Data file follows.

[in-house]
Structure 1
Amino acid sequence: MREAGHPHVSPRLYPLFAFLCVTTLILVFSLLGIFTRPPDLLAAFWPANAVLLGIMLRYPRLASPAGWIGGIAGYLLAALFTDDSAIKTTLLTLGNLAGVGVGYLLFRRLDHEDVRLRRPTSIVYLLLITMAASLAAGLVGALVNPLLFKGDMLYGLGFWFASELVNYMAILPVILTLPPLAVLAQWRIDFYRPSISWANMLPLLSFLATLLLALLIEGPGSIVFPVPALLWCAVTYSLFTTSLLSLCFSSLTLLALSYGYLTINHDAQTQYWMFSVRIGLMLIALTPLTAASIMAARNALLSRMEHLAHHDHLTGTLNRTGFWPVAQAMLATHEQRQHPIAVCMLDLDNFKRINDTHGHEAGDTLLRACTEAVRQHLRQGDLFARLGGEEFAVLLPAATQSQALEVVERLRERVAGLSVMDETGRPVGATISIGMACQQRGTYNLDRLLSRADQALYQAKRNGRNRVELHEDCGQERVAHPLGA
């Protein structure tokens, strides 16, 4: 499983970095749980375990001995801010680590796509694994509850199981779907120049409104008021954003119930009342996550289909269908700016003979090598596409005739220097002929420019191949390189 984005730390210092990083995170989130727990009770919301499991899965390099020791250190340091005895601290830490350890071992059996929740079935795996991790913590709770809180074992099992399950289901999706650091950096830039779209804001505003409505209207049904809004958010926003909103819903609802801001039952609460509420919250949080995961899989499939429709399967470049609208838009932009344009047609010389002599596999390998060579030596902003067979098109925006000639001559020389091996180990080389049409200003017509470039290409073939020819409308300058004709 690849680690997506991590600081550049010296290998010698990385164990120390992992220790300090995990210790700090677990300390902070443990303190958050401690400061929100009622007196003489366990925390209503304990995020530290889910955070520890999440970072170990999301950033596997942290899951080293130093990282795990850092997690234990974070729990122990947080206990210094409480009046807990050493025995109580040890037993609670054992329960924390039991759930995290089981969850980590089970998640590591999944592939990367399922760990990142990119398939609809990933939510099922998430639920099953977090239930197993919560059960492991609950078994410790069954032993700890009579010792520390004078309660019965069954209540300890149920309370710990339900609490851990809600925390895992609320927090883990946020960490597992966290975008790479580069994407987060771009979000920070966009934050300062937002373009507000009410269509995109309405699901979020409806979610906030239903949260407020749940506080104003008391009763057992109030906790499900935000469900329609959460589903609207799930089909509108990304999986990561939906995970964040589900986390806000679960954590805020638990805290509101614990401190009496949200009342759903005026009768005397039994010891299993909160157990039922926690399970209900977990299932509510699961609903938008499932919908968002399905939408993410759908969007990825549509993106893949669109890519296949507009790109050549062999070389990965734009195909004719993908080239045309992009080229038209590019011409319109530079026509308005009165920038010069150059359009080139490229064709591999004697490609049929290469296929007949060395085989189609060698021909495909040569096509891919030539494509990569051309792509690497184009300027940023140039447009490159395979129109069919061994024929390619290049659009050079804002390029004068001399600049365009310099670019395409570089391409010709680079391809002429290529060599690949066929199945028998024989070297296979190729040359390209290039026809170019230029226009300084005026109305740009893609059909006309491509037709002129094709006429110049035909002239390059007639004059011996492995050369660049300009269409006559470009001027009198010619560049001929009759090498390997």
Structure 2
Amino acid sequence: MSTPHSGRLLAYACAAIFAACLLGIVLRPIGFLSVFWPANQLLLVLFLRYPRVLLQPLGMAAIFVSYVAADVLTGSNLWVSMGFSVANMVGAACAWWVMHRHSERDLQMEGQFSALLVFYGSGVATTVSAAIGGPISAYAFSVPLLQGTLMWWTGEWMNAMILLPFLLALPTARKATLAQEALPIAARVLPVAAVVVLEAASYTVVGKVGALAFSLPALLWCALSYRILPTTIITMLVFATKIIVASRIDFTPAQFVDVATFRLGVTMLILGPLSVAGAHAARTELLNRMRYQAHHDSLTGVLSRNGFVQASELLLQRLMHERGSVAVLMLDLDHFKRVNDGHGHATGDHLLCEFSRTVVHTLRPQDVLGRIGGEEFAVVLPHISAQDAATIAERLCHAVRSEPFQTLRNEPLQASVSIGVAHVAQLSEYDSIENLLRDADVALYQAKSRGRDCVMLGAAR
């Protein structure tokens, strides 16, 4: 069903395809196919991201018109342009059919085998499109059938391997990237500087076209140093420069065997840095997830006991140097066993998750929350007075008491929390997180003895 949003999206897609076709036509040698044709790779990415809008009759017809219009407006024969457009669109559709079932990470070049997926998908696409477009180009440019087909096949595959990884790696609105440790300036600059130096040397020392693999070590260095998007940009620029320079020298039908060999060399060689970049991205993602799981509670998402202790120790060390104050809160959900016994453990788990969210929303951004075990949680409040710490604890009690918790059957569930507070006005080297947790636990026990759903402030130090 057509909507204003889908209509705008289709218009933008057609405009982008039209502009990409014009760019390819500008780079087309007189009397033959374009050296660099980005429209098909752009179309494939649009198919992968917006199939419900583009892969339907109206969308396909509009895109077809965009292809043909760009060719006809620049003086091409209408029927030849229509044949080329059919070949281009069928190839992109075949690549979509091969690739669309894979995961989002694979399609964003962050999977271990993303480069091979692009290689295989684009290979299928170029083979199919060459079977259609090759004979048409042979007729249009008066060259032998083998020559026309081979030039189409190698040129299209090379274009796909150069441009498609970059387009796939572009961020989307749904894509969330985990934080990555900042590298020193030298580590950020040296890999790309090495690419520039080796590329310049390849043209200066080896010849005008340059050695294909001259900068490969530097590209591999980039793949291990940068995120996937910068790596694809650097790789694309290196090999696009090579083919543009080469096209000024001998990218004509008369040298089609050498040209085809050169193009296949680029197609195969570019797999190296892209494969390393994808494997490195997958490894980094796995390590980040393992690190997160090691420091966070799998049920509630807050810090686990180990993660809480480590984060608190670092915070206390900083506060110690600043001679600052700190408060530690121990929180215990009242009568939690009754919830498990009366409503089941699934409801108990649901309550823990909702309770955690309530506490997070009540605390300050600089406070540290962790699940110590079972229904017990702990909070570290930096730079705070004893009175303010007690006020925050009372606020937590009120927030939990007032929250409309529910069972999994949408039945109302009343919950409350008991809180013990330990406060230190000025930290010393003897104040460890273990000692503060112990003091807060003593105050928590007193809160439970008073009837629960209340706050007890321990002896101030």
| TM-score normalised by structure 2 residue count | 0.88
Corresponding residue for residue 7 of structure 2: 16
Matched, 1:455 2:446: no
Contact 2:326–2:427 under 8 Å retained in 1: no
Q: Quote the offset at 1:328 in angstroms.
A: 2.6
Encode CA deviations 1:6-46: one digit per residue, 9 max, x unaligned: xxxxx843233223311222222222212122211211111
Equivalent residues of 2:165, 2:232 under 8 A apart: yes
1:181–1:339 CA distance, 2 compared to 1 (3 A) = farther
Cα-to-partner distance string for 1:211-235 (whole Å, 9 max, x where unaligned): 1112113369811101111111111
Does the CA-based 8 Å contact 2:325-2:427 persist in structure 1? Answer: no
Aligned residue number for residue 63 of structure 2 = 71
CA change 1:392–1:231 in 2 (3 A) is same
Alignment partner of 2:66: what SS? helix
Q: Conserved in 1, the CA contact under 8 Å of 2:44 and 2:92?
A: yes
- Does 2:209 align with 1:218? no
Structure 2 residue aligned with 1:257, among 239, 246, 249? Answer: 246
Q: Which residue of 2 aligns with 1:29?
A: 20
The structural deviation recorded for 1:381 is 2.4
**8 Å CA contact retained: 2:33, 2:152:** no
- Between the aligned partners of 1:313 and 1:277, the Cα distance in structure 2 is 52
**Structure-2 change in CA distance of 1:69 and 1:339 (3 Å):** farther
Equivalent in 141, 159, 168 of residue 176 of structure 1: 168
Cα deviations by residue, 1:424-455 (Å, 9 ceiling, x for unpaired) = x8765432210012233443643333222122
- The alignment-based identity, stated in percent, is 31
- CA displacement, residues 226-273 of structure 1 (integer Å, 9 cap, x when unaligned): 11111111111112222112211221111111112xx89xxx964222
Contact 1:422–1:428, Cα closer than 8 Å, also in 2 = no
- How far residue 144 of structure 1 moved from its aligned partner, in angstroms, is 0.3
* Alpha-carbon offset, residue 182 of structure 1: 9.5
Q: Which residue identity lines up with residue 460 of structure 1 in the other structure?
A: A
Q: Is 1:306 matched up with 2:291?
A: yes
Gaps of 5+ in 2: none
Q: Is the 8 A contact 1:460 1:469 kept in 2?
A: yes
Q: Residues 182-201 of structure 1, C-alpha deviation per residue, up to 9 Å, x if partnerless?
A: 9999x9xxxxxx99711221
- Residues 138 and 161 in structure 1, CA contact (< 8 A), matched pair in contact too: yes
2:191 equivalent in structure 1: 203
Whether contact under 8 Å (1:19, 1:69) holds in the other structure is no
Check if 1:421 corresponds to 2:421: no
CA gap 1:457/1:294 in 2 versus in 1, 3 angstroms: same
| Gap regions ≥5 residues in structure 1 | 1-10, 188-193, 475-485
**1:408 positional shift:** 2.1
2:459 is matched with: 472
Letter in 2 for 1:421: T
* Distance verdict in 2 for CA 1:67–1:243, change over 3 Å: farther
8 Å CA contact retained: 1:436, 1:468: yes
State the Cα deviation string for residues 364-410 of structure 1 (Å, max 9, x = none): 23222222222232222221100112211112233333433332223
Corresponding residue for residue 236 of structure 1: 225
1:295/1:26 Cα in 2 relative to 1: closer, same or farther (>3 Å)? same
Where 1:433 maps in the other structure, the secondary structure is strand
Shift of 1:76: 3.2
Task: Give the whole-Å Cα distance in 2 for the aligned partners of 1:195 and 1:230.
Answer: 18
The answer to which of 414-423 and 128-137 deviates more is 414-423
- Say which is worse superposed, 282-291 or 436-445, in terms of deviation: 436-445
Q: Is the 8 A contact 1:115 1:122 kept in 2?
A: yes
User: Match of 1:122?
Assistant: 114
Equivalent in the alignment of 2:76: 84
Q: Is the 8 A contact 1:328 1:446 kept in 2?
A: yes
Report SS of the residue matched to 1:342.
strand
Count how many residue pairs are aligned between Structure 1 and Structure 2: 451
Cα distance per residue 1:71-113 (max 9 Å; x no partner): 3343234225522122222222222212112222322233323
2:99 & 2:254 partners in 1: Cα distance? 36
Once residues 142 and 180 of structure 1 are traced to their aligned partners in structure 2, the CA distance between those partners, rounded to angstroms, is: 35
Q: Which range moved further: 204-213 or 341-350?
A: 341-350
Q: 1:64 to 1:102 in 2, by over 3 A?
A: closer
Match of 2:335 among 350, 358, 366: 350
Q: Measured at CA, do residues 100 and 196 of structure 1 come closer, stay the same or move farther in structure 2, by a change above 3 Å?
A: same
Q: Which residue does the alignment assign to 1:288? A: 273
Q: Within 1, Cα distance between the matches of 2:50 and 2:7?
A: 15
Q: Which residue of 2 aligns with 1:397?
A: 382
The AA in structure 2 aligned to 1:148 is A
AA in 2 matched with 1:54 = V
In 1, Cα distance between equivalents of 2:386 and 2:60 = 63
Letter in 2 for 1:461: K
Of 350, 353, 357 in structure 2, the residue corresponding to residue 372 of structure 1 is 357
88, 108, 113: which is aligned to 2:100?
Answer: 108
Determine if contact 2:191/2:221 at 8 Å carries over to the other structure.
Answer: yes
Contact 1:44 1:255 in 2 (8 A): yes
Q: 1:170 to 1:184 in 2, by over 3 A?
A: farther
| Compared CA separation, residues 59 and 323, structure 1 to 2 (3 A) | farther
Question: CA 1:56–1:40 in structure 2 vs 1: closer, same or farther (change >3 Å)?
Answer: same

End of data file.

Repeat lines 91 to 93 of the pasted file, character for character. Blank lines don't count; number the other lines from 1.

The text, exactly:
Q: Which residue of 2 aligns with 1:397?
A: 382
The AA in structure 2 aligned to 1:148 is A